Travel & Gourmet

Interview with Rodolfo Guzman - Latin America’s most creative and humble chef

Rodolfo Guzman is one of the leading chefs of Latin America and n.1 in his home country - Chile. Courageous, creative and extremely talented, he is the person who opens a new, unconventional view on Chilean cuisine with his highly-elaborated dishes. With Rodolfo we talked about his personal ups & downs, inspiration and will power of his life and the world.
Reading time 5 minutes
Photo Credit: Claudio Vera

Before we start: Rodolfo Guzman, chilean 41 years old chef, previously worked in Chemical Engineering and Bioprocesses at the Catholic University of Chile, specializing in microstructures, and has been a participant in researches of neurology, psychology, nutrition, and others. As well, has been a part of the team of the legendary Mugaritz restaurant in Spain. Since 2006 he owns his Borago restaurant - one of the most contemporary, innovative and surprising restaurants of Latin America and the world.

Rodolfo, was the profession of the chef your dream or it happened occasionally?

I’ve never thought to become a professional cook, it just happened in this way. One of the reasons was the one that I’ve left my home country being very young for the USA and I was looking for any job possible in order to gain some money. I started as a dishwasher, and then ended up making desserts. After I came back to Chile to study but continued to cook. But at that time the food itself was not so important in Chile, people were more fancy about other stuff.

And has the situation changed over this time? Maybe, people are more curious about the food and what they eat now?

Oh yes, it has all changed in 360 degrees. It’s totally different as now gastronomy is taking many roles in the life of Chile as a country.


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Photo Credit: Claudio Vera

So, even the “quality” of the clientele has changed, maybe? There are more gourmet visitors, I swear?

Definitely like this. At the beginning, there was no desire of the chefs to work with local produce, go deep to discover it, even though geographically Chile offers an enormous variety of the very special ingredients to work with. When we opened Borago, everyone used ingredients from abroad, we had so many ethnic restaurants but we never felt that it was our way, we wanted to be attached to our land, our products and traditions.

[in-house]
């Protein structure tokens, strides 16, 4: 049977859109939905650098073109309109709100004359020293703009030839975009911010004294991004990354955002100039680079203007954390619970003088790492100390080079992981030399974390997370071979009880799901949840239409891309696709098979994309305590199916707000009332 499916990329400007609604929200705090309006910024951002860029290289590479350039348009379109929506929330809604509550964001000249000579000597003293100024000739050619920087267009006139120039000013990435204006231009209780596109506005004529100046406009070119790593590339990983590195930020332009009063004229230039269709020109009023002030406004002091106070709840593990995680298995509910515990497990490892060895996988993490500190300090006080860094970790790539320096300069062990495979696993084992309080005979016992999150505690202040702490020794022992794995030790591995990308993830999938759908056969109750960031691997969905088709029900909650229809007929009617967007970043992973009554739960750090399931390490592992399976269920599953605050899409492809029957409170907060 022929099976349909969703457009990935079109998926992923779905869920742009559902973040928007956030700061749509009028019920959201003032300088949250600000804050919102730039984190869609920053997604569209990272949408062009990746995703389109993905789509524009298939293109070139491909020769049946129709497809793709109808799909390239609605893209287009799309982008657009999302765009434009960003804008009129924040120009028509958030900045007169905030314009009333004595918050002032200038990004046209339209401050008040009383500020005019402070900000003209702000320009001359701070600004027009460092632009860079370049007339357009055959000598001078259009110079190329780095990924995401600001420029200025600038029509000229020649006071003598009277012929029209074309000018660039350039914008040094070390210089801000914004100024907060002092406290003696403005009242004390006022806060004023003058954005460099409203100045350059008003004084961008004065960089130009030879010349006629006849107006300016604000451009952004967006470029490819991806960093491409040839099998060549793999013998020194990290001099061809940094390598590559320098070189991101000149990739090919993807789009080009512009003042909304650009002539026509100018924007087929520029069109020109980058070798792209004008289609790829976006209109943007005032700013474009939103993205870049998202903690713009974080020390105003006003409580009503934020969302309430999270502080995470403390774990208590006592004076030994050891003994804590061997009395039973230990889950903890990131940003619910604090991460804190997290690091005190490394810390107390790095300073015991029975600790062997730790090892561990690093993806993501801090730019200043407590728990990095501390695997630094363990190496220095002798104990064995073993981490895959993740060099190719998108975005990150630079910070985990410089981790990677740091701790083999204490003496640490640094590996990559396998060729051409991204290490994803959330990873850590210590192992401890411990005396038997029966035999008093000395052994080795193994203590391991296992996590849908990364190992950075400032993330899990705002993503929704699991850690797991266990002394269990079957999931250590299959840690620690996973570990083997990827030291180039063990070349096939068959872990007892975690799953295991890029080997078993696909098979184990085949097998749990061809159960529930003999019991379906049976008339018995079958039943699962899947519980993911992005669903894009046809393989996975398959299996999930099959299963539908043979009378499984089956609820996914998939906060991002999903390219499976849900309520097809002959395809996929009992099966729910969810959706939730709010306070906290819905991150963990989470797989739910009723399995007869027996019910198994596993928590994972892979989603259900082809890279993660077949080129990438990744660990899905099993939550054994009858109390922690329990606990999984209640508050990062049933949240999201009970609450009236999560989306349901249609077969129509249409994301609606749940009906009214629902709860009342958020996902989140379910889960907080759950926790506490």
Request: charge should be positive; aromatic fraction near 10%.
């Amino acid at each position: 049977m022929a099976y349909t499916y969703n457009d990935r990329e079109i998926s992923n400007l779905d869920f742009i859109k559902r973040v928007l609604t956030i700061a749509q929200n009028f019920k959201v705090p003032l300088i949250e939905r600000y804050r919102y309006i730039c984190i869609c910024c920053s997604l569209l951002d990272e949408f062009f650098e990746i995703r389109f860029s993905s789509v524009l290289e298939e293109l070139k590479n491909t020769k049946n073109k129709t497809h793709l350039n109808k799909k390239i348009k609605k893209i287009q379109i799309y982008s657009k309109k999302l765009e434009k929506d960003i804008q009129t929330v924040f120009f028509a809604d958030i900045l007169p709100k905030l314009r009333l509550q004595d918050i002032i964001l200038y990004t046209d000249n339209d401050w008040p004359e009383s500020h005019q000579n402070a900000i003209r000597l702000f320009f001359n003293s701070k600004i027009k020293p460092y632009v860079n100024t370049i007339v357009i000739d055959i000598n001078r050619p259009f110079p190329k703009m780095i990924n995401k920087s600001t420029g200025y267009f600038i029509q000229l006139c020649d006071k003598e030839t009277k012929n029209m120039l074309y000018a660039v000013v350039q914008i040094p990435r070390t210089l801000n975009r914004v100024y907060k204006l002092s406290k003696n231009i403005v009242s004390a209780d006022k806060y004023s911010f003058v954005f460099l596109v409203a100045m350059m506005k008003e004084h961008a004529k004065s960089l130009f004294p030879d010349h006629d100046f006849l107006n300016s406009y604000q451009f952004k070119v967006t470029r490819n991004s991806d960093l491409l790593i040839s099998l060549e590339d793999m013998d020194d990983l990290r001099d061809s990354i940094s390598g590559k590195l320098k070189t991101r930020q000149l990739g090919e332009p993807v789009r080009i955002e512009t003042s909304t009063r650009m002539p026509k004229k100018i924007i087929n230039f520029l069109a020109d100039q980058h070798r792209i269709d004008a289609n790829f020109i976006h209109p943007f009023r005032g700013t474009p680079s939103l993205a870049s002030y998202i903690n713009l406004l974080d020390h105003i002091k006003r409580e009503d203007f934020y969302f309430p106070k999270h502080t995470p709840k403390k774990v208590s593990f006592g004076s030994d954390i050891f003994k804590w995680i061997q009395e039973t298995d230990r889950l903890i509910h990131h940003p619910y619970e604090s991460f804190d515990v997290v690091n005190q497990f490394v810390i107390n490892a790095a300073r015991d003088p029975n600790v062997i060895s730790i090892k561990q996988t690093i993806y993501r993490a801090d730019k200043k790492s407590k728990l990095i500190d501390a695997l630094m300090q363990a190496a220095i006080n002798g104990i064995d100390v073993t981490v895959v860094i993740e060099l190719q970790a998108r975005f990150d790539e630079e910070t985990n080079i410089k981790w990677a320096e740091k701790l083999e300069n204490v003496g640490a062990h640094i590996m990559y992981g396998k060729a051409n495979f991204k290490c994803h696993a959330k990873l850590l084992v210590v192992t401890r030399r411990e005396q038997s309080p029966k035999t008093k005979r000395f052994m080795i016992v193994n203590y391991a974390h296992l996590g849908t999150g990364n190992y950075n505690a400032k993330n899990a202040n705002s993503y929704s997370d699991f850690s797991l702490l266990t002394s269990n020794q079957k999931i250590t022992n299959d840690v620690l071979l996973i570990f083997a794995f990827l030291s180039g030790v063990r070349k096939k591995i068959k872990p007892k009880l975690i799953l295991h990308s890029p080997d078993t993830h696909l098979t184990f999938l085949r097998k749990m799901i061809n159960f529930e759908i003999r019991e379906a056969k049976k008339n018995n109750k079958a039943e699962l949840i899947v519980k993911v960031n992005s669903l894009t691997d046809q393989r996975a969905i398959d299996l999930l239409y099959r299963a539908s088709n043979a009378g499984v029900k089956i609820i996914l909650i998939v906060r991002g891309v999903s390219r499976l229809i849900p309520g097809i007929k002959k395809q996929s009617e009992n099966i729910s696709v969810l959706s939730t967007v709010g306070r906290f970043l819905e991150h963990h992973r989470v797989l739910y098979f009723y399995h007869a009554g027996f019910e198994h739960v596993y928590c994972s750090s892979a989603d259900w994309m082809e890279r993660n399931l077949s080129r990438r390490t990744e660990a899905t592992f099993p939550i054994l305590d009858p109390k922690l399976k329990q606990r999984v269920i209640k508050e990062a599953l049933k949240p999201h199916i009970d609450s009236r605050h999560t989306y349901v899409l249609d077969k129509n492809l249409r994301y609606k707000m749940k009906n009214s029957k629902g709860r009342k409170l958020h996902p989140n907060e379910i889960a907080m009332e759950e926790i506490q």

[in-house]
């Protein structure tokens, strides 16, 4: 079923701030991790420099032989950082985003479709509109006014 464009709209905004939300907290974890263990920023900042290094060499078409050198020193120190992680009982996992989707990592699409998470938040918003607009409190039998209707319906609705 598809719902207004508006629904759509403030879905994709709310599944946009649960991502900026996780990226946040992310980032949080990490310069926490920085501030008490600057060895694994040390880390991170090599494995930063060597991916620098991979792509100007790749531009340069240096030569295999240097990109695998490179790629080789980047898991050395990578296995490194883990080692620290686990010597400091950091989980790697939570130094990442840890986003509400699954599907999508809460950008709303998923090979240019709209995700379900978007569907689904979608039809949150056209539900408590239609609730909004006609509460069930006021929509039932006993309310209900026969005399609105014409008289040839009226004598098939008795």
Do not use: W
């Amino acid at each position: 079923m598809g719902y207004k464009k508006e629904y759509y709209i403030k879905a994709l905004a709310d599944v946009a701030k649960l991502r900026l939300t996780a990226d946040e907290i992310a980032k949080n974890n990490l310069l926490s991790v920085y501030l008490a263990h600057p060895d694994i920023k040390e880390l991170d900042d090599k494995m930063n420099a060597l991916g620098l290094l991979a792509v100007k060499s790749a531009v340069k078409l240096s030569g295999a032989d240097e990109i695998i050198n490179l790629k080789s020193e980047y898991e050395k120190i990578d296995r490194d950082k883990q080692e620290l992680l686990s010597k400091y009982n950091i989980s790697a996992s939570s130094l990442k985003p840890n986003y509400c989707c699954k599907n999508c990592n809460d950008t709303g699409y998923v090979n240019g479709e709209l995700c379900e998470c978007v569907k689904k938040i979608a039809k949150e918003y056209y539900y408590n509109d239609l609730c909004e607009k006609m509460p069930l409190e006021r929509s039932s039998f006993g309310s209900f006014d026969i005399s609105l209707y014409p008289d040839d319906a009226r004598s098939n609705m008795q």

So, you and Borago, recalling natural and local ingredients have been something new and special, standing from the crowd, right?

You know, at the begging the restaurant was empty, quite for 2 years. We suffered, as for cook it’s the most difficult challenge not to have clients. We had so many debts in banks, quite at the position of the bankruption. I was afraid to end up in jail even, that’s why I tried to sell the restaurant but even there was no client for it. But, after that time, everything started to change and all what was negative became suddenly positive.


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Photo Credit: Claudio Vera

Was there any special reason why it all changed so dramatically so that fast?

It was all because of the guide Latin America’s 50 Best Restaurants. I even couldn’t believe that after appearing in the guide, our restaurant switched from the empty “road” to the very “busy” one with the reservations many months in ahead. It allowed us to assume new foragers and scientists, new local producers.

Today, we are a team of nearly 200 people all together, some of them work with me from the very beginning as my chef de cuisine.

What do you think about this Restaurant Guide’s effect: many chefs, after receiving an important achievement, tend to spend less time in the kitchen and more in the TV shows. Don’t you find it incorrect?

Well, I can only talk about my personal experience as to me the fact of being mentioned in the guide barely saved my restaurant. So, I guess, it’s all about finding the balance between the time for work in the kitchen and the time to spend out of the restaurant but spreading our message to the people all round the world, making them discover what we do.

For me, I feel that I was born to be the cook and I crazily love what I do and if I am not in the kitchen - I truly suffer.

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Photo Credit: Claudio Vera

What is the most difficult thing about being a chef?

Dealing with yourself. As a chef, you must work more than your team which always looks at you, you must accept your background, your roots and you must be devoted. So, I don’t think that it’s possible to become number 1 in something if you are not passionate enough about what you do. Being successful is about happiness, I believe.

The last question, as the tradition says, a romantic one. What makes Rodolfo Guzman happy?

Obviously cooking, my family and my 4 children thanks to whom I feel the luckiest person.

Aline Borghese


The author Aline Borghese is an international journalist and critic of haute cuisine.

She graduated from the culinary schools of the Ritz Escoffier, Ecole de cuisine Alain Ducasse, La Cucina Italiana. Champagne and wine sommelier, cocktail enthusiast, gastronomic consultant and simply Bohémienne Affamée.

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